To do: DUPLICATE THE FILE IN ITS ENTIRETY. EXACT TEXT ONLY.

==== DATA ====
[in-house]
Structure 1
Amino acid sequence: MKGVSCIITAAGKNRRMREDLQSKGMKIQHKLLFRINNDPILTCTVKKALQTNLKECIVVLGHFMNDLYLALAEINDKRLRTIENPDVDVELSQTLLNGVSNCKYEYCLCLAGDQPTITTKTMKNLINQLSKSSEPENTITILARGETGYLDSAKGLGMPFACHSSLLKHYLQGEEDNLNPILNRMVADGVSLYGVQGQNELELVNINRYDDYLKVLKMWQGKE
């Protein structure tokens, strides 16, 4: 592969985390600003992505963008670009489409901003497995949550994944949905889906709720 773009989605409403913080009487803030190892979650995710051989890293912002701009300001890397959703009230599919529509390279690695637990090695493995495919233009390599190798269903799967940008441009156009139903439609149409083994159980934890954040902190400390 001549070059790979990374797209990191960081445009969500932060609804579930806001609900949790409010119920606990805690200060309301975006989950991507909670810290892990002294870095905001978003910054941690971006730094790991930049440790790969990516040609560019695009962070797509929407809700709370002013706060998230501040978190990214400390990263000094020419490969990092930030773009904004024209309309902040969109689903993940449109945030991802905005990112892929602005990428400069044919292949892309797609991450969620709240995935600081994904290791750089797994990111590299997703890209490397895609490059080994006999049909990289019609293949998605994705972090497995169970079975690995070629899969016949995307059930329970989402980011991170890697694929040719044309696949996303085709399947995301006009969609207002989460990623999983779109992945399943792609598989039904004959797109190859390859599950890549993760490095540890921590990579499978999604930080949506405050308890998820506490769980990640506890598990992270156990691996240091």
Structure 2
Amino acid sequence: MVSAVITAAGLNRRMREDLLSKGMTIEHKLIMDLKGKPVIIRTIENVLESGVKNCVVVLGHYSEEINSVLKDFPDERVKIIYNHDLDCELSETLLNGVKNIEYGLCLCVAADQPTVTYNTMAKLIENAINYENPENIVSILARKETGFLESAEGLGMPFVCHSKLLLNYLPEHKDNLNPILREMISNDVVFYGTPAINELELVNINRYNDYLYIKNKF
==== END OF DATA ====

[in-house]
Structure 1
Amino acid sequence: MKGVSCIITAAGKNRRMREDLQSKGMKIQHKLLFRINNDPILTCTVKKALQTNLKECIVVLGHFMNDLYLALAEINDKRLRTIENPDVDVELSQTLLNGVSNCKYEYCLCLAGDQPTITTKTMKNLINQLSKSSEPENTITILARGETGYLDSAKGLGMPFACHSSLLKHYLQGEEDNLNPILNRMVADGVSLYGVQGQNELELVNINRYDDYLKVLKMWQGKE
């Protein structure tokens, strides 16, 4: 592969985390600003992505963008670009489409901003497995949550994944949905889906709720 773009989605409403913080009487803030190892979650995710051989890293912002701009300001890397959703009230599919529509390279690695637990090695493995495919233009390599190798269903799967940008441009156009139903439609149409083994159980934890954040902190400390 001549070059790979990374797209990191960081445009969500932060609804579930806001609900949790409010119920606990805690200060309301975006989950991507909670810290892990002294870095905001978003910054941690971006730094790991930049440790790969990516040609560019695009962070797509929407809700709370002013706060998230501040978190990214400390990263000094020419490969990092930030773009904004024209309309902040969109689903993940449109945030991802905005990112892929602005990428400069044919292949892309797609991450969620709240995935600081994904290791750089797994990111590299997703890209490397895609490059080994006999049909990289019609293949998605994705972090497995169970079975690995070629899969016949995307059930329970989402980011991170890697694929040719044309696949996303085709399947995301006009969609207002989460990623999983779109992945399943792609598989039904004959797109190859390859599950890549993760490095540890921590990579499978999604930080949506405050308890998820506490769980990640506890598990992270156990691996240091």
Structure 2
Amino acid sequence: MVSAVITAAGLNRRMREDLLSKGMTIEHKLIMDLKGKPVIIRTIENVLESGVKNCVVVLGHYSEEINSVLKDFPDERVKIIYNHDLDCELSETLLNGVKNIEYGLCLCVAADQPTVTYNTMAKLIENAINYENPENIVSILARKETGFLESAEGLGMPFVCHSKLLLNYLPEHKDNLNPILREMISNDVVFYGTPAINELELVNINRYNDYLYIKNKF